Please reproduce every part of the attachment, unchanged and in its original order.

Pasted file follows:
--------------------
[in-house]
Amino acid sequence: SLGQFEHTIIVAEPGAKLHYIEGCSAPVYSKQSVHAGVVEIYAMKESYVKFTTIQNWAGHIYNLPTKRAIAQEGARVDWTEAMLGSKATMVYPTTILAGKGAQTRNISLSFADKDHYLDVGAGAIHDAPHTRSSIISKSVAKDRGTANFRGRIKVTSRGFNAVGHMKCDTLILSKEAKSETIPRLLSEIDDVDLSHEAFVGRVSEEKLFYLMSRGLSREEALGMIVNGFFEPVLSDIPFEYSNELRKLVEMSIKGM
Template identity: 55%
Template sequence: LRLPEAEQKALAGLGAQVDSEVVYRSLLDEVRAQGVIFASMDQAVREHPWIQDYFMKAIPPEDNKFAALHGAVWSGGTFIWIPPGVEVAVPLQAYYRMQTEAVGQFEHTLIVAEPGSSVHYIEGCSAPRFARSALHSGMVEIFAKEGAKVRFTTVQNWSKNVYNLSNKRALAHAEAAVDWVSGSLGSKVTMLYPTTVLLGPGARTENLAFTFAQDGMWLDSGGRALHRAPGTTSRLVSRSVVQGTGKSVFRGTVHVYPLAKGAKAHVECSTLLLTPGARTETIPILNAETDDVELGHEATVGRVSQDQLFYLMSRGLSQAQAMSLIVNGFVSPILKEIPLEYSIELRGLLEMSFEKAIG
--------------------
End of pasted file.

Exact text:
[in-house]
Amino acid sequence: SLGQFEHTIIVAEPGAKLHYIEGCSAPVYSKQSVHAGVVEIYAMKESYVKFTTIQNWAGHIYNLPTKRAIAQEGARVDWTEAMLGSKATMVYPTTILAGKGAQTRNISLSFADKDHYLDVGAGAIHDAPHTRSSIISKSVAKDRGTANFRGRIKVTSRGFNAVGHMKCDTLILSKEAKSETIPRLLSEIDDVDLSHEAFVGRVSEEKLFYLMSRGLSREEALGMIVNGFFEPVLSDIPFEYSNELRKLVEMSIKGM
Template identity: 55%
Template sequence: LRLPEAEQKALAGLGAQVDSEVVYRSLLDEVRAQGVIFASMDQAVREHPWIQDYFMKAIPPEDNKFAALHGAVWSGGTFIWIPPGVEVAVPLQAYYRMQTEAVGQFEHTLIVAEPGSSVHYIEGCSAPRFARSALHSGMVEIFAKEGAKVRFTTVQNWSKNVYNLSNKRALAHAEAAVDWVSGSLGSKVTMLYPTTVLLGPGARTENLAFTFAQDGMWLDSGGRALHRAPGTTSRLVSRSVVQGTGKSVFRGTVHVYPLAKGAKAHVECSTLLLTPGARTETIPILNAETDDVELGHEATVGRVSQDQLFYLMSRGLSQAQAMSLIVNGFVSPILKEIPLEYSIELRGLLEMSFEKAIG